Fluoride is a mineral found naturally in our bones and teeth. While it’s no longer considered an essential nutrient, evidence supports its benefits to good dental health. That’s why you’ll find it in many toothpastes and why your dentist may recommend fluoride treatments. Fluoride can also be found in drinking water.
You’ve likely heard differing opinions on whether adding fluoride to the water supply is a good idea. Let’s look at the facts surrounding fluoride and water.
How Does Fluoride End Up in Water?
Municipal Water: The controlled addition of fluoride into the public water supply is known as water fluoridation. It is done for the specific purpose of preventing and reducing tooth decay (dental caries) among the population. Fluoridation does not impact the taste, smell, or appearance of water.
The American Dental Association (ADA) stands by the benefits of water fluoridation, comparing it to the way milk is often fortified with vitamin D, or calcium is added to orange juice.
Municipalities will add one of the following compounds to the water supply.
- Sodium fluoride (NaF) – The first compound ever used for fluoridation. Found in about 28% of the public water supply.
- Fluorosilicic acid (H2SiF6) – The most commonly used compound. Found in about 63% of the public water supply.
- Sodium Fluorosilicate (Na2SiF6) – Lightweight compound that’s easy to ship. Found in about 9% of public water supply.
These compounds are chosen for their safety and solubility, or how easily they dissolve in water.
U.S. government agencies provide non-enforceable recommendations for fluoride levels in municipal water. In recent years, the Department of Health and Human Services (HHS), the Environmental Protection Agency (EPA), and the Food and Drug Administration (FDA) lowered recommendations for fluoride levels to a maximum of 0.7 mg/L for both tap and bottled water. Contact your local water authority for more information on what’s being added to the public water supply where you live.
Well Water: Fluoride is a naturally-occurring form of the element fluorine, which shows up in groundwater at different levels throughout North America. Fluoride can occur above or below recommended levels, depending on the region.
The Centers for Disease Control (CDC) say it is important for homeowners with private wells to be aware of fluoride content. You should have your water well tested for common contaminants on an annual basis. Fluoride testing is especially important for households with infants and preschool-age children.A large portion of the western U.S., and certain areas of the Great Lakes region are known to have groundwater fluoride levels above 1.5 mg/L, exceeding government recommendations.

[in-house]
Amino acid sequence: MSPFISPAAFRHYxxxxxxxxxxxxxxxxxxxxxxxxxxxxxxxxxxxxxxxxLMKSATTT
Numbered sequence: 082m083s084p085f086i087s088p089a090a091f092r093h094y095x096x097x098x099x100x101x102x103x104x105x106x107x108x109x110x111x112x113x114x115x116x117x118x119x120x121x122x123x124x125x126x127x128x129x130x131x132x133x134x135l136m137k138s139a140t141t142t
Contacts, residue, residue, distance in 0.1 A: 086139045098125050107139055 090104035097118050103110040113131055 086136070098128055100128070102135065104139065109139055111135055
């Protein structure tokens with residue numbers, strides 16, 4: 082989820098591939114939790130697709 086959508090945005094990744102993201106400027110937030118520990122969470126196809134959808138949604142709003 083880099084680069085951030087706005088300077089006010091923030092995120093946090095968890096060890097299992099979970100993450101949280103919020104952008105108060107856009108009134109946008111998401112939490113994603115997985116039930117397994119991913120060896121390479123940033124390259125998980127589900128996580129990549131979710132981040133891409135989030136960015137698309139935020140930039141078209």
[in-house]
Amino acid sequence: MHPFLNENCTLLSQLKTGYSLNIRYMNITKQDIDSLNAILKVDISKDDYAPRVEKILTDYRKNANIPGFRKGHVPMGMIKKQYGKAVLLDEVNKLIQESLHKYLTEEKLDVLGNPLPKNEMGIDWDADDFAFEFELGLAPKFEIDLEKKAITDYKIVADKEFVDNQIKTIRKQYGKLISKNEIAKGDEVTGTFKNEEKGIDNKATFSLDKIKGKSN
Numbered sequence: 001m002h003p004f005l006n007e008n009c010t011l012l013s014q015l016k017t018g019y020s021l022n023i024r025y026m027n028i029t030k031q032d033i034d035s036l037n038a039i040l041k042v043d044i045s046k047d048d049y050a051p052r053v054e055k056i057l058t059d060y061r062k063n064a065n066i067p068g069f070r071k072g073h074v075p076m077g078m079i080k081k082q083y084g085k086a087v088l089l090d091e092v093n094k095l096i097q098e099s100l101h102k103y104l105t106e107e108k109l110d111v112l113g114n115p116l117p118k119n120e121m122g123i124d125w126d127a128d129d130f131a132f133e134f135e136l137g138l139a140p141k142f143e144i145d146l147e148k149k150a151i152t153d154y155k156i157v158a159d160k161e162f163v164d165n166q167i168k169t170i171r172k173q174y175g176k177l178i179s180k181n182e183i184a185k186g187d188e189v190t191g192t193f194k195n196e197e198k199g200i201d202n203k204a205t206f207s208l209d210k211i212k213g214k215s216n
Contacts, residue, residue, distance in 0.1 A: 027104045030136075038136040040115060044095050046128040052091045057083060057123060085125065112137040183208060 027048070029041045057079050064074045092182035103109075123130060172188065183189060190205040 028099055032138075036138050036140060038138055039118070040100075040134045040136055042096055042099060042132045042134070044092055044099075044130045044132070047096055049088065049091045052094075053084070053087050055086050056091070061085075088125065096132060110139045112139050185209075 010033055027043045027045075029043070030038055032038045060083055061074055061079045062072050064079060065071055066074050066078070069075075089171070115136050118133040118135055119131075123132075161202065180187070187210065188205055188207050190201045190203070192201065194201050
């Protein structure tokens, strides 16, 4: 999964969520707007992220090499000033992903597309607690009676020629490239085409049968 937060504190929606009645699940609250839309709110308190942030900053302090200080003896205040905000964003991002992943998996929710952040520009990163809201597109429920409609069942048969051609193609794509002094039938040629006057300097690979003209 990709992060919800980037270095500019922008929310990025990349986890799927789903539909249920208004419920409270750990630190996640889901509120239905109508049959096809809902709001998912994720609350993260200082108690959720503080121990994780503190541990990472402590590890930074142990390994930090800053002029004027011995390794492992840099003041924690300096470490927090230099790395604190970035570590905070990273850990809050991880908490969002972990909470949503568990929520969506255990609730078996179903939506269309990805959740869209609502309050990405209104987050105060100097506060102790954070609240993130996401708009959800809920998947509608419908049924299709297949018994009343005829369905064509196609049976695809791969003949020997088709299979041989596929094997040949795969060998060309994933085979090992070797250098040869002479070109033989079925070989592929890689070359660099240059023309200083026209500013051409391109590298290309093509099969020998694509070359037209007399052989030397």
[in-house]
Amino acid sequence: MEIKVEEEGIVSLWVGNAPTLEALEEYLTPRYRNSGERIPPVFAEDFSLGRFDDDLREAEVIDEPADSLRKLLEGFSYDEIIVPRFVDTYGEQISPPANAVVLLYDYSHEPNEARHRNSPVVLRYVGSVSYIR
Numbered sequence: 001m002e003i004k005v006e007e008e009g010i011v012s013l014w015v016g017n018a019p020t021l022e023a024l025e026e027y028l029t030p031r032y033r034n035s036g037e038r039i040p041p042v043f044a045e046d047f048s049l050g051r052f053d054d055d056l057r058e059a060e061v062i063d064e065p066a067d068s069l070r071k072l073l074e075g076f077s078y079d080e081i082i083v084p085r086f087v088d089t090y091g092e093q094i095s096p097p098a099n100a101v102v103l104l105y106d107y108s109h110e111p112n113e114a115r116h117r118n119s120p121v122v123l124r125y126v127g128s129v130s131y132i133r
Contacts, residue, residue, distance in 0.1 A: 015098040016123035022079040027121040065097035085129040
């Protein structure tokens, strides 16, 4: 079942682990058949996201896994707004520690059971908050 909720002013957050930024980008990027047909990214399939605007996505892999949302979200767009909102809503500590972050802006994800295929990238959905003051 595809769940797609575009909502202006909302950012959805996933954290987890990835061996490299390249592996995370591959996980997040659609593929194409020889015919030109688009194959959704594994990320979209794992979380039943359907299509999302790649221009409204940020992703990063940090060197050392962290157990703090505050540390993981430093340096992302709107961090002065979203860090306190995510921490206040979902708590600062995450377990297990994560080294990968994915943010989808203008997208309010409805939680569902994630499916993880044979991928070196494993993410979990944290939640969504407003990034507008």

Dental Fluorosis and Other Concerns
There are recommended levels for fluoride content because consuming too much of the mineral can be toxic. That’s why fluoridated toothpaste contains a warning about ingesting the product. If a child were to consume an entire tube of toothpaste, that could be a concern.
The most common issue associated with water fluoridation is dental fluorosis. This is a change in the appearance of tooth enamel due to excessive consumption of fluoride. It usually looks like small white marks on the teeth. Severe fluorosis may cause brown spots or pitting on the teeth. Dental fluorosis is an aesthetic issue, and typically does not impact tooth function or cause discomfort.
Dental fluorosis occurs when a child consumes too much fluoride while the adult teeth are still developing. The Campaign for Dental Health (CDH) recommends supervising young children when they brush their teeth to make sure they don’t swallow toothpaste or use too much of it.
However, it’s more difficult to calculate and control how much fluoride a child consumes from drinking water. And, there are some who question the benefits of water fluoridation and worry about negative effects fluoride toxicity could have on the brain.
Many European nations do not add fluoride to the water supply. An article from the Harvard School of Public Health notes that dental decay has decreased in countries both with and without water fluoridation. This may be because fluoride is already being added to oral health products like toothpaste and mouthwash.
Some experts, such as Philippe Grandjean, adjunct professor at the Harvard T.H. Chan School of Public Health, question whether water fluoridation is necessary.
“We should recognize that fluoride has beneficial effects on dental development and protection against cavities. But do we need to add it to drinking water so it gets into the bloodstream and potentially into the brain?”
Residential Water Treatment Solutions
In most cases, water fluoridation and the levels in groundwater should not be a major concern. Yet, there are families who would prefer not to have fluoride in their home’s water at all.
The best way to reduce fluoride levels present in a home’s tap water is to have a reverse osmosis drinking water system installed. Reverse osmosis (R.O.) removes fluoride ions and filters out many other things in water as well. That includes, lead, arsenic, and certain microorganisms.
Post from The Water-Right Group